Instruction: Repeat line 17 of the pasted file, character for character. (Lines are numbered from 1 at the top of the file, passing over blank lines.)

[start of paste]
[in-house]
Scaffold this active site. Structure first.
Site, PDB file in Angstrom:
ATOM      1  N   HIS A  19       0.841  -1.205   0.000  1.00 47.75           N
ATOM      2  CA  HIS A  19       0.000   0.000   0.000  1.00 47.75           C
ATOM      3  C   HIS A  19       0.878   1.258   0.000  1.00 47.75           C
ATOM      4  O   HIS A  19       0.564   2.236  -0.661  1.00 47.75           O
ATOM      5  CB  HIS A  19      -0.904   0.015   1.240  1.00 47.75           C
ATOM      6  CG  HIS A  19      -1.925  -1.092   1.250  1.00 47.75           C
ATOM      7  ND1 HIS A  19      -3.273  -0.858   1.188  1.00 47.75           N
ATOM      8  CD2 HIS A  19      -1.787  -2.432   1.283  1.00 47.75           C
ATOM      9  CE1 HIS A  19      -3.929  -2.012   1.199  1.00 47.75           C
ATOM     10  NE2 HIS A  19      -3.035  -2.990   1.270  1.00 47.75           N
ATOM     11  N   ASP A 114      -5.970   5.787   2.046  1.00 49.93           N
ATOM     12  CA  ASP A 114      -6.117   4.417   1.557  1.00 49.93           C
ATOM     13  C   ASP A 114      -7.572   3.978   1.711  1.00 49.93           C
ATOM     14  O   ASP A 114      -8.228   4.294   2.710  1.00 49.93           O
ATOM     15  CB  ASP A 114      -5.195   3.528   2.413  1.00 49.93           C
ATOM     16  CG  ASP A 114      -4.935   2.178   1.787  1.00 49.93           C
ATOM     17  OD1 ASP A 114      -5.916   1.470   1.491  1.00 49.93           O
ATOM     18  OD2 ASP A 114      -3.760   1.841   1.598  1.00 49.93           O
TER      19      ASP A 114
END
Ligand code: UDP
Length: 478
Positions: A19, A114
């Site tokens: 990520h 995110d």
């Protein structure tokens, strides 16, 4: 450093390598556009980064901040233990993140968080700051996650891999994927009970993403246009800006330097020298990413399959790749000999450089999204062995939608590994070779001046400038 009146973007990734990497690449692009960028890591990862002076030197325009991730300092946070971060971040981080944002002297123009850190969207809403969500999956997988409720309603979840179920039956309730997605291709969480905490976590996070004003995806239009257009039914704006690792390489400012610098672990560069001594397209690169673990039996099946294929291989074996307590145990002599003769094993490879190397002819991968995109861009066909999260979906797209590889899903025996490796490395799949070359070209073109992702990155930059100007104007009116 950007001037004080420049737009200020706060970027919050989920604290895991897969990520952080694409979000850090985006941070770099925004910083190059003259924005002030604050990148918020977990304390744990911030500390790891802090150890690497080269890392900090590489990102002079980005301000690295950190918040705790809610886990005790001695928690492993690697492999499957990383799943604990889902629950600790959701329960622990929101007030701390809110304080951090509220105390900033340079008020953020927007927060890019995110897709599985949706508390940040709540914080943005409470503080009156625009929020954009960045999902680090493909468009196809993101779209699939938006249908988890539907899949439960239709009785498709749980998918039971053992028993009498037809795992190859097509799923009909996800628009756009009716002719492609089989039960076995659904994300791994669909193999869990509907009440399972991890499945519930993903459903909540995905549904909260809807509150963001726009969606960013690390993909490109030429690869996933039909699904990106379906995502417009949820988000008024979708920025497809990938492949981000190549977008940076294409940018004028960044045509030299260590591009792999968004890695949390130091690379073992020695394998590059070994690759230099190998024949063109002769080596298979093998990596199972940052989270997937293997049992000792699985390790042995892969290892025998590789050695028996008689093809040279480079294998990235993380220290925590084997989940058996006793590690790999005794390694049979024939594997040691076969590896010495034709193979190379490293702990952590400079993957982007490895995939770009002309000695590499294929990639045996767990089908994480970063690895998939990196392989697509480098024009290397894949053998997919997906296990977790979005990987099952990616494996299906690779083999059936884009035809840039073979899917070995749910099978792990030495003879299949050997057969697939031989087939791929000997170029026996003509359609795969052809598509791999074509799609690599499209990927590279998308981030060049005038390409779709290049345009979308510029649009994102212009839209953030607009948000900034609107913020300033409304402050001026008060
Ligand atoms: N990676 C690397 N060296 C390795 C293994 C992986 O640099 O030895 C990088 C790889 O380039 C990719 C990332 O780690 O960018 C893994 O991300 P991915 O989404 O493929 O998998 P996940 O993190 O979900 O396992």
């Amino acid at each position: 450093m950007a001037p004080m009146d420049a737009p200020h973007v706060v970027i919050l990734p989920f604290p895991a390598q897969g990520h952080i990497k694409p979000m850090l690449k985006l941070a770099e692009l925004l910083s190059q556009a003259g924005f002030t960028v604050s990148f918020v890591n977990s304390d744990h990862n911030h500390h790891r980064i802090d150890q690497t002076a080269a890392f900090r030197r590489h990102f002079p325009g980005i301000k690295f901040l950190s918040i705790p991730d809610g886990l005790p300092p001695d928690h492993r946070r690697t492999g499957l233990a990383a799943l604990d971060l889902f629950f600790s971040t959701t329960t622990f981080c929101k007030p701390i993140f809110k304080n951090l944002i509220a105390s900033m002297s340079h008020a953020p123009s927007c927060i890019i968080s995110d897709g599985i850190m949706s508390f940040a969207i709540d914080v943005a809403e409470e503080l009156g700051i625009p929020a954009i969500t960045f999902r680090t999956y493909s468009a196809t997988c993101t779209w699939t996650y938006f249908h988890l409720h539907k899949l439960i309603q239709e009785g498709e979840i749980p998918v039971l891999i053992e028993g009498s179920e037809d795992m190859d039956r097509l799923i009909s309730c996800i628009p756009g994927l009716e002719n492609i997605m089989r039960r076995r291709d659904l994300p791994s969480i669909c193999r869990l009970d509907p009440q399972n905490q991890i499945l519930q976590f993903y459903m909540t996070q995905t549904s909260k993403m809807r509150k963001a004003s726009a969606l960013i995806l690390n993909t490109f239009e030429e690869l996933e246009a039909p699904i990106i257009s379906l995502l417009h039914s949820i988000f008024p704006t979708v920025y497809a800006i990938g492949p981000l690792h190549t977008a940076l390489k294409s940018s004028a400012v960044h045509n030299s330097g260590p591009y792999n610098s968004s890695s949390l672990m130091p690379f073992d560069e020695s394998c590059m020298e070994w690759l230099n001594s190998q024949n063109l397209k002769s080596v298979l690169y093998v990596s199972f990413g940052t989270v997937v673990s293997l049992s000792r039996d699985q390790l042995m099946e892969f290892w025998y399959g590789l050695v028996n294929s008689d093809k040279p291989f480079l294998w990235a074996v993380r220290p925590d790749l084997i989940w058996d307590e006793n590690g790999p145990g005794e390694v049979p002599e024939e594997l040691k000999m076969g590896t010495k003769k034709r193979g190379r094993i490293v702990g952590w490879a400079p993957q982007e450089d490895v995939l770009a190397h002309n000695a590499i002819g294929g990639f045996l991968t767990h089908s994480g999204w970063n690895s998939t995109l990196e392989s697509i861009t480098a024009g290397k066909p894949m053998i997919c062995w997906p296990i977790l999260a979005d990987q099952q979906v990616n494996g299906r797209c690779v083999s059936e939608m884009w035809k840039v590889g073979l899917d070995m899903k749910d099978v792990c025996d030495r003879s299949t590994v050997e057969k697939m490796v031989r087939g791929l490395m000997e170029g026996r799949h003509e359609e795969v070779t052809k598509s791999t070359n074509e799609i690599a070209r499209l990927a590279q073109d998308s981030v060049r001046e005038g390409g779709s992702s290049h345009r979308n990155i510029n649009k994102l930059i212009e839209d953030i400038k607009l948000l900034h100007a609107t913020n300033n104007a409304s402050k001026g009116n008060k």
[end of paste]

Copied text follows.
ATOM     14  O   ASP A 114      -8.228   4.294   2.710  1.00 49.93           O